Chicano: Soulful Mexican Inspired From Family Recipes

Chicano: Soulful Mexican Inspired From Family Recipes

Chicano is Hong Kong’s youngest and most bold Mexican restaurant to brace the city’s food scene in recent months. The Gough Street restaurant offers a deep culinary dive into the warmth of an abuela’s (grandmother’s) cooking and the recipes that have followed Mexican immigrants in search for identity and flavour in Los Angeles.

Launching in mid-December 2021 with their soft opening, Chicano has posed a daring challenge to expose Hong Kong to an authentic and simple Mexican cuisine previously unfound in the harbour city. Ingredients are sourced directly from Mexico and California and recipes are explored through the lens of former generational history.

Former-Black Sheep’s Gabe Perez, a Mexico-raised Angelenos, who has managed a litany of Soho’s upbeat venues, brings his Mexican American spirit and culinary insight, and chef Edgar Vigo, with his length of Hong Kong industry expertise, to create Chicano.


Chicano joins the strip of Gough Street infamous for daring restaurants, and a culinary scene anticipating an exploration of Mexican cuisine in its simplest and most powerful form. The restaurant captures a quietness rare in Soho and transports the customer to a Mexico City soundscape.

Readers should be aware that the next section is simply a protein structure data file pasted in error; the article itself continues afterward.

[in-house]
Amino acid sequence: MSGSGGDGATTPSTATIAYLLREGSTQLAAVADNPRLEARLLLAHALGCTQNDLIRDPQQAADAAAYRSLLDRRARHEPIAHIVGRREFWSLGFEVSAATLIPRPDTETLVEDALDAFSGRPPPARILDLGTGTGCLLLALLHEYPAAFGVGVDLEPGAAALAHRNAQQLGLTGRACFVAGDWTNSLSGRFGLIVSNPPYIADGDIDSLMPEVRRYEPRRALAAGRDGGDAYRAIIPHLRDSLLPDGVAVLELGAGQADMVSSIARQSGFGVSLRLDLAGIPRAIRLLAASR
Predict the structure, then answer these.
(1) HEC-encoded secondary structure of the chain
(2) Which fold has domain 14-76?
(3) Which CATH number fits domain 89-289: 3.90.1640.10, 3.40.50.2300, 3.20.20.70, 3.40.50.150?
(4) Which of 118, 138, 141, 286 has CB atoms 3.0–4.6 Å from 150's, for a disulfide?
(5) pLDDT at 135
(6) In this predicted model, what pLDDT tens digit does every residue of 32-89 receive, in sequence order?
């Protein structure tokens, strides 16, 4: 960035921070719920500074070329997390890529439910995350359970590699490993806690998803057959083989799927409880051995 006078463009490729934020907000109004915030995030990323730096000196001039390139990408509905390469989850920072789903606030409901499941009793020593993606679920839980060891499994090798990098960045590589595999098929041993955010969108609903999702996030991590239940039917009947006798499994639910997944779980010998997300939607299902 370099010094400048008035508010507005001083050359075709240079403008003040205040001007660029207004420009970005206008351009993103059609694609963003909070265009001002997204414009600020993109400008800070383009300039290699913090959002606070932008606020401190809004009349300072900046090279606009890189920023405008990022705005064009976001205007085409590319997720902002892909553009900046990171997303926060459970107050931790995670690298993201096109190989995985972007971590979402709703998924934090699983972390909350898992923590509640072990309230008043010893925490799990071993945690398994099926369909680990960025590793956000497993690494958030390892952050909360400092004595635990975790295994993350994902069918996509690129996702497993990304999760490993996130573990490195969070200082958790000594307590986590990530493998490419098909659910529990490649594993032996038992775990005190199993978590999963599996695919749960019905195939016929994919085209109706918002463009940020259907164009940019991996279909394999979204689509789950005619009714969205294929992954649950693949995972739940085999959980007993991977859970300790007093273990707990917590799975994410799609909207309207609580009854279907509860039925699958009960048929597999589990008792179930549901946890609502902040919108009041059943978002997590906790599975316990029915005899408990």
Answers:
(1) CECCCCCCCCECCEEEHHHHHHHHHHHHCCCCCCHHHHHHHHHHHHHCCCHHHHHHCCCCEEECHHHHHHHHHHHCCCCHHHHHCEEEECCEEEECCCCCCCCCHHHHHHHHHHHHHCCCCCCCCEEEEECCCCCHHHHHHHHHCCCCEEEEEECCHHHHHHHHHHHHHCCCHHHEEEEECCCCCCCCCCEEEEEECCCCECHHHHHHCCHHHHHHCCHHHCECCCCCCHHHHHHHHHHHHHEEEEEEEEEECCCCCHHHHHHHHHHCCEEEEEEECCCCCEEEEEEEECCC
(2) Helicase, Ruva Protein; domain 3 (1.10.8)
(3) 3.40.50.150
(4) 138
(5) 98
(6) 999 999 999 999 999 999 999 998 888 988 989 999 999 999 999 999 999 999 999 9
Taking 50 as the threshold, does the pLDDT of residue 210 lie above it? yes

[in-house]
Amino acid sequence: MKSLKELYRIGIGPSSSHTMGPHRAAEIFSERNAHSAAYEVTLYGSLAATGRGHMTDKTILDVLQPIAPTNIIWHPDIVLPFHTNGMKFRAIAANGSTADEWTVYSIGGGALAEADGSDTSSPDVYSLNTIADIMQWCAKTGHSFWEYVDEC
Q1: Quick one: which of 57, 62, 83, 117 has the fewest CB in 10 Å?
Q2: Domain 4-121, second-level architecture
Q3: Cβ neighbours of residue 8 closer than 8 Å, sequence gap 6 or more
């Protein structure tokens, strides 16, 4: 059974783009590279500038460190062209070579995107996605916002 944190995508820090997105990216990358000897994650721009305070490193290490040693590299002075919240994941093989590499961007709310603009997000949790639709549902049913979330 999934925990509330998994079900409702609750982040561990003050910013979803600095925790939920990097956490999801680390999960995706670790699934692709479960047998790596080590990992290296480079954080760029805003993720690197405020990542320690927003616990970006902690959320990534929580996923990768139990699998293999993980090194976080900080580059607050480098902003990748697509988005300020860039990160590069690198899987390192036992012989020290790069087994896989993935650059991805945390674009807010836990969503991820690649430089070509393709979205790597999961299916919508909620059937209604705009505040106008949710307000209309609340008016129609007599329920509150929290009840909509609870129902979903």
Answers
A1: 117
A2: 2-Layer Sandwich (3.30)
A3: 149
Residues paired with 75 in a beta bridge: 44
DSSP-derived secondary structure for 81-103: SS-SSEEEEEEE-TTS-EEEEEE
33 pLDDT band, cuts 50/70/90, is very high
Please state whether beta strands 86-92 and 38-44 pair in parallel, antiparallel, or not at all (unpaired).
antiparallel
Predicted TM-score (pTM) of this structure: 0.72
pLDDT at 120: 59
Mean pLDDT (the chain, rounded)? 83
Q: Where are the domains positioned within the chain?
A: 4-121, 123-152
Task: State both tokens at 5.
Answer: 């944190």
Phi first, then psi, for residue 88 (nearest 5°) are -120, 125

The space of the Mexican kitchen table restaurant is both elegant yet modest, with creamy beiges, browns, and yellows decorating the tables, chairs, and four walls, and a zappy black and white marble flooring and spiral staircase bringing life to the soulful venue.

Chicano’s ground floor draws the sounds and heat of the kitchen straight to the tables of four and two, whilst the second floor offers a softer-lit space for larger groups and intimate dates.

Food and drink

Chicano’s menu centres on the flavours and techniques of Chef Perez's grandmothers' recipes brought over from Mexico City to his family’s kitchens of East Los Angeles. The current offerings in their breakfast and lunch service feature a choice of beverage and a main with a dessert for HK$158 and a choice of a main with a side for HK$138, respectively.

Kickstarting our culinary probe into Chicano, we began with the signature chips with salsa and pickled vegetables. A quick lunch meal starts with a simple tangy salsa, a blend of diced and crunchy tomatoes, onions, cilantro, and lime, and a side order of sweet pickled white onions, cauliflower, carrot, and jalapeno.

Whilst not the highlight of the meal, the chips, salsa, and pickles combination serves as an introduction to the sour and earthy flavours set for the main meal. The crunch of the chips works well to scoop up beans, rice, meats, or dip later in the meal, and the salsa is made for mixing in with tacos.

Diving deep into Chicano’s lunch mains, we set our sights on the Birria, a seasoned, earthy platter of slow-braised beef cheek marinaded in chilli paste, slow- cooked in beef consommé and red onions and paired with three small corn tortillas.